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  • He Who Shall Not Be Named
    replied
    You cast your bulkhead radial flange over-size to the biggest diameter stock you can find (a stated diameter is one thing, the tolerance the manufacturer employs is another). And you don't cut it down to size and incorporate the O-ring grooves till you identify the specific cylinder the bulkhead is going into.

    No getting around this, Lexan cylinder tolerances are so wide you just can't simply cast a one-size-fits-all complete bulkhead. Each bulkhead has to be lathe turned to fit.

    David

    Leave a comment:


  • Subculture
    replied
    Polyurethane resin typically has very low shrinkage, unlike polyester resins which have very high shrinkage. I would estimate no more than 1-5% depending on thickness, cure time, and whether you add any filler in the resin e.g. glass, carbon fibre etc.

    Leave a comment:


  • Davidh
    replied
    Thanks everyone,

    I did’nt know about those videos. Very good. I have made plenty of cylinders before and machined numerous endcaps. I just wasn’t sure about whether I needed to consider shrinkage of the polyurethane at all. I am casting these endcaps because I want to go into limited production to produce a cylinder that will integrate into my kits.

    Thanks once again.

    David H

    Zero Bubble model design.

    Leave a comment:


  • george
    replied
    Hello HWSNBN Sir
    Would you tell me from whom do you get your gears that you used with your brushed motors to make a Dual Drive System for the Revel Type 7 & 9 and the part numbers Sir.

    Thanks

    Leave a comment:


  • Subculture
    replied
    I machine my endcaps from sheet stock plastic (PVC, polycarbonate and acrylic/pmma all work well), or use aluminium for bayonet rings. I rarely make more than one of anything, so there is little logic in casting unless I need extra features within the endcap.


    However if I went this route I wouldn't cast a groove into endcaps. I would just make a simple blank without the groove, and machine that in later, also leave enough meat on the part to allow for inconsistencies in the inside tube diameter- which can vary greatly,-and machine the part down to fit. With regards to groove depth I tend to work between 10-15% of o-ring cross section, depending on how accurate the tube is. Technical literature will often specify up to 25% squish, well I personally find that is too much and you'll have a fine time trying to remove your caps. Bear in mind that o-rings can be used in systems running hundreds of pounds of pressure, whereas we might be dealing with half an atmosphere at most.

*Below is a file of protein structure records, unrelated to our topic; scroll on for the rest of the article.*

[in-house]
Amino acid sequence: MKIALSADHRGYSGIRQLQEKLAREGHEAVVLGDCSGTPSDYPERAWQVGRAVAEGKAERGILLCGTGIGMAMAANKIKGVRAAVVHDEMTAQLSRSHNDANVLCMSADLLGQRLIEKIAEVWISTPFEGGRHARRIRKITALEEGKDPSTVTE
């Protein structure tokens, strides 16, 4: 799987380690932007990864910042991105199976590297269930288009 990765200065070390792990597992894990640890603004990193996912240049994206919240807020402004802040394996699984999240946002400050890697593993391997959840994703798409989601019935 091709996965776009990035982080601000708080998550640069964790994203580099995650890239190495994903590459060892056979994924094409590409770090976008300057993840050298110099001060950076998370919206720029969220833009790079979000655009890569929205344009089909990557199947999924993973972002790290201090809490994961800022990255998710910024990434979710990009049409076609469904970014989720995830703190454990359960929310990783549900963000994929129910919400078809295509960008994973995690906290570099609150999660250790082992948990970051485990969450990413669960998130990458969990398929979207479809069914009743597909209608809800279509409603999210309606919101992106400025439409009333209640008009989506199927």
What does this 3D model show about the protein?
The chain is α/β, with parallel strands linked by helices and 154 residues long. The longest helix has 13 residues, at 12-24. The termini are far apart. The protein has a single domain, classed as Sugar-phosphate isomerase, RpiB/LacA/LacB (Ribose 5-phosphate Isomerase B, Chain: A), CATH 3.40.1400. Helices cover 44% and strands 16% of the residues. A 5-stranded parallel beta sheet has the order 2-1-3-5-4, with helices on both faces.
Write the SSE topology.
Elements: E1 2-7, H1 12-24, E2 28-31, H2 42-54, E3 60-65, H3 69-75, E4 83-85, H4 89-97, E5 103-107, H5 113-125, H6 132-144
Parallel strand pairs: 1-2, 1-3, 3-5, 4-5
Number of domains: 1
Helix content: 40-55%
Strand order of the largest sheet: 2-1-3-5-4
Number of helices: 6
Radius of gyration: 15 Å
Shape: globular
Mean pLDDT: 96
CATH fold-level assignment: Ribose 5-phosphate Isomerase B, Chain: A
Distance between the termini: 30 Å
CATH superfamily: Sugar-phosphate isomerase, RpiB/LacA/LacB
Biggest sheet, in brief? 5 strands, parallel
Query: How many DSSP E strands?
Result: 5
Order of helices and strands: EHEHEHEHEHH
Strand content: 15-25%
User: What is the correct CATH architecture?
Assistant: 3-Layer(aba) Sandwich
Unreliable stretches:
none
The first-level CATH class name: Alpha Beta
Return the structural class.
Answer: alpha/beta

I tend to use 3mm (1/8") o-rings for most cylinders, but for sizes below say 50mm (2") I drop down to 2mm or less. I use nitrile and silicone o-rings, the latter tend to be a little bit softer, and don't degrade in the sunshine. I find nitrile works just fine, it's stronger and is a bit cheaper. Avoid exotics like Viton, EPDM etc. Overkill and much more expensive.

    One thing worth noting, if you have the room to do it, making the outer edge of endcap a bit bigger than the cylinder diameter will provide a nice piece to grip when removing the cap. Adding a knurled finish on the same edge will further improve grip. I'd also keep the edge as thick as possible, as PU resin tends to be quite brittle unless reinforced with glass or carbon fibre. All quite easy to integrate into a rubber tool.

    Leave a comment:


  • trout
    replied
    Part 1 - https://www.youtube.com/watch?v=wixmu3MPhjo
    Part 2 - https://www.youtube.com/watch?v=hWcryehE7EU
    Part 3 - https://www.youtube.com/watch?v=lh5kNb7m_oQ

    Very fine work by Andy! Wish he would do more (nudge, nudge).

    Leave a comment:


  • Peter W
    replied
    Andy has some excellent videos on YouTube about how to size endcaps and Orings. Well worth a watch I will see if I can get a link.

    Peter

    https://youtu.be/hWcryehE7EU this is part 2 of 3....couldn't find part 1 but as mentioned an excellent watch. (pretty sure 1 is on there somewhere)